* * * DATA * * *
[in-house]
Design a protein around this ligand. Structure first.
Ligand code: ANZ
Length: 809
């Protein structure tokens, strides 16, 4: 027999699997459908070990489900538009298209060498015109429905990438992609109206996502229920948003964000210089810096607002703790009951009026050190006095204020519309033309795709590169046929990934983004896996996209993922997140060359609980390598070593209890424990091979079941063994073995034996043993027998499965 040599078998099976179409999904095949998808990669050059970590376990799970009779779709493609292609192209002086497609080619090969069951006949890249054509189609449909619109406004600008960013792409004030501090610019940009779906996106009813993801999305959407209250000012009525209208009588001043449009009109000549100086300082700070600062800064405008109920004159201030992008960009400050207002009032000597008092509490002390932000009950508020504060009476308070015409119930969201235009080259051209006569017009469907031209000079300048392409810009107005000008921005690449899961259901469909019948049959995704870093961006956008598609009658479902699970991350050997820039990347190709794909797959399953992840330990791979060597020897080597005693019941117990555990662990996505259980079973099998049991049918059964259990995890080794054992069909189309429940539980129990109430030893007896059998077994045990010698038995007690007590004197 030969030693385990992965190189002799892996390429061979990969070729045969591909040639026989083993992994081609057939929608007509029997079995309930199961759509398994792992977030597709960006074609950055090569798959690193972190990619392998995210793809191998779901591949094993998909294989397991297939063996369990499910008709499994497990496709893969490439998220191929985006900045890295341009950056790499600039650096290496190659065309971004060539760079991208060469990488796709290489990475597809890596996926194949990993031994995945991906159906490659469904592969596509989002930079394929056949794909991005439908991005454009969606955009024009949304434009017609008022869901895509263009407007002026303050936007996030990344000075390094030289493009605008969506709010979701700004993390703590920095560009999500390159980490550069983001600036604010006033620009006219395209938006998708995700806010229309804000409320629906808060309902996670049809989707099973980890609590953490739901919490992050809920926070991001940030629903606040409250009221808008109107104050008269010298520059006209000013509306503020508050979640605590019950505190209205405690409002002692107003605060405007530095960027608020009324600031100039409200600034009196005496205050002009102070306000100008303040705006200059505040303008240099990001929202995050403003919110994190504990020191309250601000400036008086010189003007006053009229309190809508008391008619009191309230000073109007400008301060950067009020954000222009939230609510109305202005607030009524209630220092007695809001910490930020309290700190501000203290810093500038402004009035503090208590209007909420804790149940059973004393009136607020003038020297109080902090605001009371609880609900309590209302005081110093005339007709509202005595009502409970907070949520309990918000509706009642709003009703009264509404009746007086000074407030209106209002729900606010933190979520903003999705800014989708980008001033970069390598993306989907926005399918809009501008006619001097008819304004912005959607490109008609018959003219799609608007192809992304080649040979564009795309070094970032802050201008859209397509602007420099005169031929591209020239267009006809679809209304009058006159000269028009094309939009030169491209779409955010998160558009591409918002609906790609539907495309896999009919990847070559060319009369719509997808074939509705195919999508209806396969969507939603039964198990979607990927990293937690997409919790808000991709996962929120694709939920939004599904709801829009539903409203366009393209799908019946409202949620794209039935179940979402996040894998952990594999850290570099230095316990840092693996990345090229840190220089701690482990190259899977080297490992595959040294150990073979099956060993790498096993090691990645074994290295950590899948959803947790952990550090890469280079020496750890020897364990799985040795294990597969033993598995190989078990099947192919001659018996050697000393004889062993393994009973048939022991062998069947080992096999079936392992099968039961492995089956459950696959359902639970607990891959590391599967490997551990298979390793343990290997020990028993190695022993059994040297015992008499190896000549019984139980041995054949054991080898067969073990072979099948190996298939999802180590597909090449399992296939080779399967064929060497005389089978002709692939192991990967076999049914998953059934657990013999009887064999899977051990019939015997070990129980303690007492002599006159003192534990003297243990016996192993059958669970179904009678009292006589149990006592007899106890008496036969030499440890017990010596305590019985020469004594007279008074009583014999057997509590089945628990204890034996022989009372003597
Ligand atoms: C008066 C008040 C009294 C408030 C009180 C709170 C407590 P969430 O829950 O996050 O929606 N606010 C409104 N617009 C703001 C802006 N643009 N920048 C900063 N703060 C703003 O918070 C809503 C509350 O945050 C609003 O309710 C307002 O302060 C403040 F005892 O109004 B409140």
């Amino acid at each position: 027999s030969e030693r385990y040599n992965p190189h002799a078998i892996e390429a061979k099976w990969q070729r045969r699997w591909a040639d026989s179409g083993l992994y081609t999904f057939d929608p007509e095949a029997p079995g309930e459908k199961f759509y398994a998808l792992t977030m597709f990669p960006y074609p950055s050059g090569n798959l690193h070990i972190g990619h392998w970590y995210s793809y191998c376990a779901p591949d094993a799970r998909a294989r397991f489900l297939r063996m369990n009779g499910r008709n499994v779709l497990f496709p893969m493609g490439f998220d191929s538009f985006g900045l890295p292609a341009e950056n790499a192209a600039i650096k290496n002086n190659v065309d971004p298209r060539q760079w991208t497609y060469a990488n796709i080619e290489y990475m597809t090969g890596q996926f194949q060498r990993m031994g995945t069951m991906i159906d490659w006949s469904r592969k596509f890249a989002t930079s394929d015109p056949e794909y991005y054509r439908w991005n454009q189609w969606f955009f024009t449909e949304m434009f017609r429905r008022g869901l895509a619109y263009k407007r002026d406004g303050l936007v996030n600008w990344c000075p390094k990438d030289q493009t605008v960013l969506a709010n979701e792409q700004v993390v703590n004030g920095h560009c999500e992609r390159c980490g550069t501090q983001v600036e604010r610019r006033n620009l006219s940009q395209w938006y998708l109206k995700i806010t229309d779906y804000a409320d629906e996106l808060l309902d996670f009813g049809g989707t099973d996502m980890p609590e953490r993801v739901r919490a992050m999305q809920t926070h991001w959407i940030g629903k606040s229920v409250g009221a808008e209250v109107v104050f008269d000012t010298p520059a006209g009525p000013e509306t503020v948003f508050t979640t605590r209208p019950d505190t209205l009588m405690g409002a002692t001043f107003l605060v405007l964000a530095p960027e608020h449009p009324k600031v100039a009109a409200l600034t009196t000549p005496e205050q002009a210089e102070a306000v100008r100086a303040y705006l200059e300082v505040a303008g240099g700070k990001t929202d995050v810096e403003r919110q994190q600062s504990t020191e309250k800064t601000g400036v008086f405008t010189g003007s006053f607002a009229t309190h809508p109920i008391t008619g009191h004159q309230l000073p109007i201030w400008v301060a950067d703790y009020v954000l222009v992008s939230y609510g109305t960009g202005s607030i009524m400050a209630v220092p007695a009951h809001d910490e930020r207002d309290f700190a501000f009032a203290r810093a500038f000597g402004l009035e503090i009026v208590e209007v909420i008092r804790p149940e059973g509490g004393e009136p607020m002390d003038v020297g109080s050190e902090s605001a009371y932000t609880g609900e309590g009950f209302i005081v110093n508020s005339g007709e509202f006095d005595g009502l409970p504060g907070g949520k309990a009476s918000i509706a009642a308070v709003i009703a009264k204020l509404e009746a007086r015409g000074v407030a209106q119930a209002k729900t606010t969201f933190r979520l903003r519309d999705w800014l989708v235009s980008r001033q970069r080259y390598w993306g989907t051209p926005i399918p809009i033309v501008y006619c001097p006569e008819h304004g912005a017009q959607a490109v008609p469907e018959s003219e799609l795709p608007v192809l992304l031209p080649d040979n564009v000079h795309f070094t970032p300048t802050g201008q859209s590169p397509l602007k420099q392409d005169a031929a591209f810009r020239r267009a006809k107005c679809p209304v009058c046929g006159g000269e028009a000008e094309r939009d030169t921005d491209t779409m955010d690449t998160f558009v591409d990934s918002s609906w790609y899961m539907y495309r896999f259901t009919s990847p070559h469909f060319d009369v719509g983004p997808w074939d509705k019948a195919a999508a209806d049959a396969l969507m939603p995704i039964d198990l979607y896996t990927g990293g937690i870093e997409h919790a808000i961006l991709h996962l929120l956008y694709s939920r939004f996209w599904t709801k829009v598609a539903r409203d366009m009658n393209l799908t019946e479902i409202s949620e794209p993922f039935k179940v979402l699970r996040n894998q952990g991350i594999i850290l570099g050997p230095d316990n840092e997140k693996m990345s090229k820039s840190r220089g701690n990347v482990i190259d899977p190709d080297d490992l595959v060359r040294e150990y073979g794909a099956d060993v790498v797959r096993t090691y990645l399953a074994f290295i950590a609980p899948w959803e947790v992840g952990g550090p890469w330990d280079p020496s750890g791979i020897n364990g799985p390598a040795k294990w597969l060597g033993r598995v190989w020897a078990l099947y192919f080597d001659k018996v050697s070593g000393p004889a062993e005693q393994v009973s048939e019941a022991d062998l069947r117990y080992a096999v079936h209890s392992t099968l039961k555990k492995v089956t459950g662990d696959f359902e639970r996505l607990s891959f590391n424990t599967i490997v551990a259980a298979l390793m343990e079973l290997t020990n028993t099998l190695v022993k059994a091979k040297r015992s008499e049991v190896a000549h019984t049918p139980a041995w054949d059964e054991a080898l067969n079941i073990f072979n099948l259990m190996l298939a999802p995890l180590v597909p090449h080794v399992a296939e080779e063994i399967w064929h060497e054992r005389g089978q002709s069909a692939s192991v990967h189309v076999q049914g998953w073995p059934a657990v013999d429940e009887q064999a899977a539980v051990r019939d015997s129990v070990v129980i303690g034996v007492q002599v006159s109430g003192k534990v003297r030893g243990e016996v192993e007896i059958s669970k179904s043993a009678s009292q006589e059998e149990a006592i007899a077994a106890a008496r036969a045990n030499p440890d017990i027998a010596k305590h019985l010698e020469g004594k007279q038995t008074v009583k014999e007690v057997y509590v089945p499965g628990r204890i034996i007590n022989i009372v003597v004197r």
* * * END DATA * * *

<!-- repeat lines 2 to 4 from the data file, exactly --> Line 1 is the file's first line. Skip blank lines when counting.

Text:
Design a protein around this ligand. Structure first.
Ligand code: ANZ
Length: 809